2. Material Handling and Equipment Maintenance. Typical tasks: perform or coordinate the performance of the following duties: collect, package, label, and ship radioactive materials in accordance with Federal and State regulations; receive, inspect for compliance with regulations, and deliver radioactive material shipments; prepare proper shipping papers; coordinate, operate, and administer the distribution, inspection, calibration, and maintenance of special physical and analytical radiological instruments; repair and calibrate instruments and distribute according to established schedule; perform routine surveys and calibrate x-ray machines; provides operational instruments for training courses; maintain parts inventory; submit program progress reports to supervisor.
  3. Program Administration. Typical tasks: assist in the implementation and operation of the radiation safety programs; prepare correspondence for supervisors signature; provide information, advice, and assistance on radiation health and safety issues; explain practical application of Federal and State laws, rules, and regulations pertaining to the safe operation of equipment on handling of hazardous materials; respond to, investigate, and resolve complaints concerning radiation health and safety issues; assist in the development of radiation safety training programs; conduct training sessions; prepare activity status report and present to supervisor; provide instruction to lower level personnel.
  4. Dosimetry Program. Typical tasks: perform or coordinate the performance of the following duties: distribute and collect dosimetric devices; inspect to assure compliance with regulations that pertain to use of and exposure to radioactive materials; ensures that program standards are being met and notifies supervisor of late or lost dosimeters and alerts supervisor when radiation doses are outside normal limits; assist in interpreting results; send dosimeters to manufacturer according to established schedule; maintain records on computer of all aspects of dosimetry program and assist in issuing reports as requested; conduct inventory of all dosimetric devices; make standard dose calculations, exposure rate calculations, and calculations of radionuclide activities or concentrations.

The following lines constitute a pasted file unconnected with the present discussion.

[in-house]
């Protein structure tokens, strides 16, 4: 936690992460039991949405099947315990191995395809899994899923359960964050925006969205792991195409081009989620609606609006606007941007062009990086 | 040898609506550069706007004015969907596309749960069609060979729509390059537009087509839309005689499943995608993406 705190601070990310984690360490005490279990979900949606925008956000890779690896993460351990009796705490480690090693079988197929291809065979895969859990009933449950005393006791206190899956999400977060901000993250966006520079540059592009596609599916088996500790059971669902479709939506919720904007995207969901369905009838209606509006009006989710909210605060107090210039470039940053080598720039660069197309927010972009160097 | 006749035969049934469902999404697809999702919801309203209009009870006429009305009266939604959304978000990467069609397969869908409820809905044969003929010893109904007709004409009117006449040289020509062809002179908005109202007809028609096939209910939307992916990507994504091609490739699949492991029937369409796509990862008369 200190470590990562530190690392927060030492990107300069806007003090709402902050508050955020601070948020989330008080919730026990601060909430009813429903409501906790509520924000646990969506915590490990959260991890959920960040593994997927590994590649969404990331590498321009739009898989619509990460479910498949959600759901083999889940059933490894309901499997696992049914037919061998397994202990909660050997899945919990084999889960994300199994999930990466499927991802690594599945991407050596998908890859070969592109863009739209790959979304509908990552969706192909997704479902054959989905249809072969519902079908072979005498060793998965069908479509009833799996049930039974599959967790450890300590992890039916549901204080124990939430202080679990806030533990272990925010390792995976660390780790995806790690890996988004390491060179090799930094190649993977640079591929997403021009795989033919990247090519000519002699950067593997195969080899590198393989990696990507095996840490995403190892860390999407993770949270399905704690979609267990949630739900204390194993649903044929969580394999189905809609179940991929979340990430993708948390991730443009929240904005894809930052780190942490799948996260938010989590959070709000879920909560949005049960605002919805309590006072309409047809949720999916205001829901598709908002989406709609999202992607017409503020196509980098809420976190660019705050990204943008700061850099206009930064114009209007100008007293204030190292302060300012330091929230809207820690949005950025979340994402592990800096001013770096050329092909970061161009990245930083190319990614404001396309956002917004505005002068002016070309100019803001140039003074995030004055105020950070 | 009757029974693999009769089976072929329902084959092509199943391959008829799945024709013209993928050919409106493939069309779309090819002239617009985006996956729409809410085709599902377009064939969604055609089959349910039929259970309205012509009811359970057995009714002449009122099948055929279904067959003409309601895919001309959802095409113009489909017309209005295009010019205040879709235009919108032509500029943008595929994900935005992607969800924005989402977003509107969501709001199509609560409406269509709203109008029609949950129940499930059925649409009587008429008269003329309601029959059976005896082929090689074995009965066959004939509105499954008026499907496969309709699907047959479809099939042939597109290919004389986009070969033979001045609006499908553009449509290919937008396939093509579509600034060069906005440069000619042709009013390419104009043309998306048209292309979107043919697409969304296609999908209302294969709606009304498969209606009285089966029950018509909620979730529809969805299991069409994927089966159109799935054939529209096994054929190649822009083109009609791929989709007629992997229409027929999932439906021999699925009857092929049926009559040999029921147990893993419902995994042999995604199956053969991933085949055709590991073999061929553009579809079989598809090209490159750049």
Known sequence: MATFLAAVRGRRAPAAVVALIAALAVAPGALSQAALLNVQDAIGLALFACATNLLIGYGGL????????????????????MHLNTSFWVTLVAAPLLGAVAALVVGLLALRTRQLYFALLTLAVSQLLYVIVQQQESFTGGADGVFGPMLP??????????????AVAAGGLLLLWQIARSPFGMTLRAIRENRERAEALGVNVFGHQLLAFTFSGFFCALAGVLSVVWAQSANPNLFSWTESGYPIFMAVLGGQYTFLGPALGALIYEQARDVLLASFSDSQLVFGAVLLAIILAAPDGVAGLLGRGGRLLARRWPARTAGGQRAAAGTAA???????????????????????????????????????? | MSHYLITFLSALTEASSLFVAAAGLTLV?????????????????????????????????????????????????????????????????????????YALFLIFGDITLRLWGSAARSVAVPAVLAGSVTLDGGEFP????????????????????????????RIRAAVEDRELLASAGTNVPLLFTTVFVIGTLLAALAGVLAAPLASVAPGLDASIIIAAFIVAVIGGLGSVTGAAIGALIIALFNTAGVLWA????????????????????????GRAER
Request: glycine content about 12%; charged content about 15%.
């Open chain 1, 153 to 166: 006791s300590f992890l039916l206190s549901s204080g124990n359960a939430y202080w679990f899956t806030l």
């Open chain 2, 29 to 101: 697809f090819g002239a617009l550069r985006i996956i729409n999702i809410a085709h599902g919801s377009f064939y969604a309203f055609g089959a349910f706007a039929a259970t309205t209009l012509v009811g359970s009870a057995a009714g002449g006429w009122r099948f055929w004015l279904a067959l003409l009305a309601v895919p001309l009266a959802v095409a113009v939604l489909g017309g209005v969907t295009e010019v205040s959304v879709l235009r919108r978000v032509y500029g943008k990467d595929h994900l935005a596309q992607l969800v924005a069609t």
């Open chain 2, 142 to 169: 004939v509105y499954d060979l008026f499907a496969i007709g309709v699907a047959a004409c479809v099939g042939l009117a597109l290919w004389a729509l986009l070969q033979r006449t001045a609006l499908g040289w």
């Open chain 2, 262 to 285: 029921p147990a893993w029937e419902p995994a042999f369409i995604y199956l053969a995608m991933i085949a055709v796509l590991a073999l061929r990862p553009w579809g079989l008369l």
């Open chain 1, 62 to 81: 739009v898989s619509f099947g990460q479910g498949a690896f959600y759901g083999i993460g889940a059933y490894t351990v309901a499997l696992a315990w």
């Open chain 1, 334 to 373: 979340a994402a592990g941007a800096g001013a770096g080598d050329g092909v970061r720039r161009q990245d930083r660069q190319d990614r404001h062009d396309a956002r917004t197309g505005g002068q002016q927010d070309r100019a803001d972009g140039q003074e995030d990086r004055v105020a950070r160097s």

RELATIONSHIPS WITH OTHERS

Employees in this class have daily regular contact with technical or professional staff to conduct inspections, assist in training, and administer an instrument maintenance program. There will be occasional phone contact with outside State and Federal governmental agencies, and private industry to discuss issues that are often proprietary in nature.

SUPERVISION RECEIVED

Employees in this class work under general supervision of an administrative supervisor. Test data, results, reports, and any standard interpretation are reviewed routinely. Records are reviewed for quality control. Guidelines used in performance of duties include standard operating procedures, established methods manuals, technical references, and appropriate institutional licenses, plus State regulations and Federal statutes.

GENERAL INFORMATION

These positions are found in regulatory agencies or educational institutions located throughout the state. They require willingness to work between highly informed technical people and often misinformed and irritated members of the public. They require the willingness to work with radioactive materials where there is danger of potential exposure if guidelines are not followed.

MINIMUM QUALIFICATIONS

  • A Bachelor's degree with courses in the physical or biological sciences and two years of experience in radiation health which included performing radiation surveys, operating radiation survey meters, and monitoring radiation levels; OR  
  • Three years of experience in radiation health which included performing radiation surveys, operating radiation survey meters, and monitoring radiation levels.

Completion of special training sponsored by the Nuclear regulatory Commission or one year of graduate training in Health Physics, Radiation Biology, Nuclear Physics, or Nuclear Engineering may substitute for one year of the required experience.